[18F]FDG positron emission tomography/computed tomography and multidetector computed tomography roles in thymic lesion treatment planning

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11 Citations (Scopus)

Abstract

Rationale: Thymic masses may represent an unsolved diagnostic problem which often require surgical procedures for an accurate staging. A non-invasive way to determine the nature of thymic lesions would help identify the patients which are true candidates for surgery. Our retrospective study aims to assess multidetector computed tomography and 2-[18F]fluoro-2-deoxyglucose positron emission tomography/computed tomography ([18F]FDG-PET/CT) capacity to distinguish benign from malignant thymic lesions. Methods: Helical multidetector CT (MDCT) and [18F]FDG-PET/CT of twenty consecutive patients presenting with a thymic mass at our Institute were retrospectively analyzed. MDCT scans were focused on morphologic features and invasiveness characteristics. Qualitative and semi-quantitative analyses by maximum standardized uptake value corrected for body weight (SUVbw max) were performed on [18F]FDG-PET/CT. In all cases, readers were blinded to pathology findings. Both imaging techniques were correlated to final pathology. Student's t-test was performed on SUVbw max stratified for thymic epithelial tumors. Results: In the group of benign lesions MDCT correctly identified well-defined margins of masses in 8 out of 8 patients whereas [18F]FDG-PET/CT was negative in 7 out of 8 patients. Among malignant lesions MDCT revealed mediastinum fat or infiltration of adjacent organs in 10/12 patients. On the other hand [18F]FDG-PET/CT showed increased radiotracer uptake in 12/12 patients. Conclusions: MDCT and [18F]FDG-PET/CT alone are not able to differentiate the nature of thymic lesions. However, they are two non-invasive complementary techniques which can be used to differentiate benign from high-risk malignant thymic lesions. These findings should be taken into account before surgery is performed as a diagnostic procedure.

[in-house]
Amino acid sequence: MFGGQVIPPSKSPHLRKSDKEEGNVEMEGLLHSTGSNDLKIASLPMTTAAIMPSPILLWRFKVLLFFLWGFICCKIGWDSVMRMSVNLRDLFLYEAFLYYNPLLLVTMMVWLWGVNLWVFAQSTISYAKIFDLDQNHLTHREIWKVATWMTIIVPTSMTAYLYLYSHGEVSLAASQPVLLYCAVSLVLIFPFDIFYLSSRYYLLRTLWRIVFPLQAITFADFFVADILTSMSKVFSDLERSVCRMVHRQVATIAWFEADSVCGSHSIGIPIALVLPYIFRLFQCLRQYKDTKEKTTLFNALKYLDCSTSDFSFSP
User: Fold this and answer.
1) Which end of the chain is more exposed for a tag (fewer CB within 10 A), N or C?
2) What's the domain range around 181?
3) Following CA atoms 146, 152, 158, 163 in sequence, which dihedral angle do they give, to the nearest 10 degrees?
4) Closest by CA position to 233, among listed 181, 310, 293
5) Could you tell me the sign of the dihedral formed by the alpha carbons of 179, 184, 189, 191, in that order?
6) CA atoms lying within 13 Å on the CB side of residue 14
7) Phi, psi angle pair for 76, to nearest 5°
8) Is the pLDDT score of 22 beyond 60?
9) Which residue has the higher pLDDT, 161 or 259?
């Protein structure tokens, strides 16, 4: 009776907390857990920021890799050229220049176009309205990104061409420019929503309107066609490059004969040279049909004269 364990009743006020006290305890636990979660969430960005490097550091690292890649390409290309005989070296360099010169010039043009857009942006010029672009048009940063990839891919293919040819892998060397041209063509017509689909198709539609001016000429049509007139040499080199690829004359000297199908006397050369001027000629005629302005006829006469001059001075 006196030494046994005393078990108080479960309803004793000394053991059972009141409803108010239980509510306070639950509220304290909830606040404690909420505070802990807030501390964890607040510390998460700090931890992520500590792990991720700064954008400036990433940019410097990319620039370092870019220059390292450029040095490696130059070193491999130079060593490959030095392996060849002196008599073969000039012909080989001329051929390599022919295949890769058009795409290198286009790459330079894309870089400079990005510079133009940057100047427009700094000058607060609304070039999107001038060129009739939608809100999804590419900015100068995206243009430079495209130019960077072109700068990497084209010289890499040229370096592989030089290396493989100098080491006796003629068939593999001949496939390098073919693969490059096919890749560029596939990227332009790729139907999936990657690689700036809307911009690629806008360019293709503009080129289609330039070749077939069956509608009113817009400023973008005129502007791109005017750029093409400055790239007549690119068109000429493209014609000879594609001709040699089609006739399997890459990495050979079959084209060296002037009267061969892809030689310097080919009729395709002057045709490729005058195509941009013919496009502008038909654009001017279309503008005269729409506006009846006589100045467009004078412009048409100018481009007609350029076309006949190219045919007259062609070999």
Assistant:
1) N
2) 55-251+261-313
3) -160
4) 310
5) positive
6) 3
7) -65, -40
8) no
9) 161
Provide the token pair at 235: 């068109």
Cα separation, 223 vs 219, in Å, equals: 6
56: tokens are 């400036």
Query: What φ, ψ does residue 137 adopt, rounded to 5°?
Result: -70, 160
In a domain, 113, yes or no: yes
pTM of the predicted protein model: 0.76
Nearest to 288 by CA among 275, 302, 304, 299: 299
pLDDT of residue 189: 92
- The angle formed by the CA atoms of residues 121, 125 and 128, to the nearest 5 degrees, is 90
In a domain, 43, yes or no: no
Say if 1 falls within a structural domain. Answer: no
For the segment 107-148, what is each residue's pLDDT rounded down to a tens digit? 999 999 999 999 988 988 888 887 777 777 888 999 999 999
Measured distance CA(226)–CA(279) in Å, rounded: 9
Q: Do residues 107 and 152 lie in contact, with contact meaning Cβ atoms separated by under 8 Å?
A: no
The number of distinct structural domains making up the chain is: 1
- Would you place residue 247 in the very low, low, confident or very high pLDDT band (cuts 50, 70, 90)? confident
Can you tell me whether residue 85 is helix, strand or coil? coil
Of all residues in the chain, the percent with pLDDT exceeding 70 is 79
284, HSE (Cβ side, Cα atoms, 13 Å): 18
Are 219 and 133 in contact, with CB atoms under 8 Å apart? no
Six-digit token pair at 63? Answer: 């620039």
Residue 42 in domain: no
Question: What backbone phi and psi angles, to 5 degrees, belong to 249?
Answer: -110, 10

Original languageEnglish
Pages (from-to)362-368
Number of pages7
JournalLung Cancer
Volume61
Issue number3
DOIs
Publication statusPublished - Sep 2008

Fingerprint

Multidetector Computed Tomography
Fluorodeoxyglucose F18
Therapeutics
Pathology
Spiral Computed Tomography
Mediastinum
Positron Emission Tomography Computed Tomography
Retrospective Studies
Fats
Body Weight
Students

Keywords

  • Benign thymic lesions
  • Epithelial thymic lesions
  • Fluorodeoxyglucose
  • Multidetector CT
  • PET/CT
  • SUV

ASJC Scopus subject areas

  • Oncology
  • Pulmonary and Respiratory Medicine
  • Cancer Research

Cite this

@article{0369a87920e745198af4d5f0b895b2c7,
title = "[18F]FDG positron emission tomography/computed tomography and multidetector computed tomography roles in thymic lesion treatment planning",
abstract = "Rationale: Thymic masses may represent an unsolved diagnostic problem which often require surgical procedures for an accurate staging. A non-invasive way to determine the nature of thymic lesions would help identify the patients which are true candidates for surgery. Our retrospective study aims to assess multidetector computed tomography and 2-[18F]fluoro-2-deoxyglucose positron emission tomography/computed tomography ([18F]FDG-PET/CT) capacity to distinguish benign from malignant thymic lesions. Methods: Helical multidetector CT (MDCT) and [18F]FDG-PET/CT of twenty consecutive patients presenting with a thymic mass at our Institute were retrospectively analyzed. MDCT scans were focused on morphologic features and invasiveness characteristics. Qualitative and semi-quantitative analyses by maximum standardized uptake value corrected for body weight (SUVbw max) were performed on [18F]FDG-PET/CT. In all cases, readers were blinded to pathology findings. Both imaging techniques were correlated to final pathology. Student's t-test was performed on SUVbw max stratified for thymic epithelial tumors. Results: In the group of benign lesions MDCT correctly identified well-defined margins of masses in 8 out of 8 patients whereas [18F]FDG-PET/CT was negative in 7 out of 8 patients. Among malignant lesions MDCT revealed mediastinum fat or infiltration of adjacent organs in 10/12 patients. On the other hand [18F]FDG-PET/CT showed increased radiotracer uptake in 12/12 patients. Conclusions: MDCT and [18F]FDG-PET/CT alone are not able to differentiate the nature of thymic lesions. However, they are two non-invasive complementary techniques which can be used to differentiate benign from high-risk malignant thymic lesions. These findings should be taken into account before surgery is performed as a diagnostic procedure.",
keywords = "Benign thymic lesions, Epithelial thymic lesions, Fluorodeoxyglucose, Multidetector CT, PET/CT, SUV",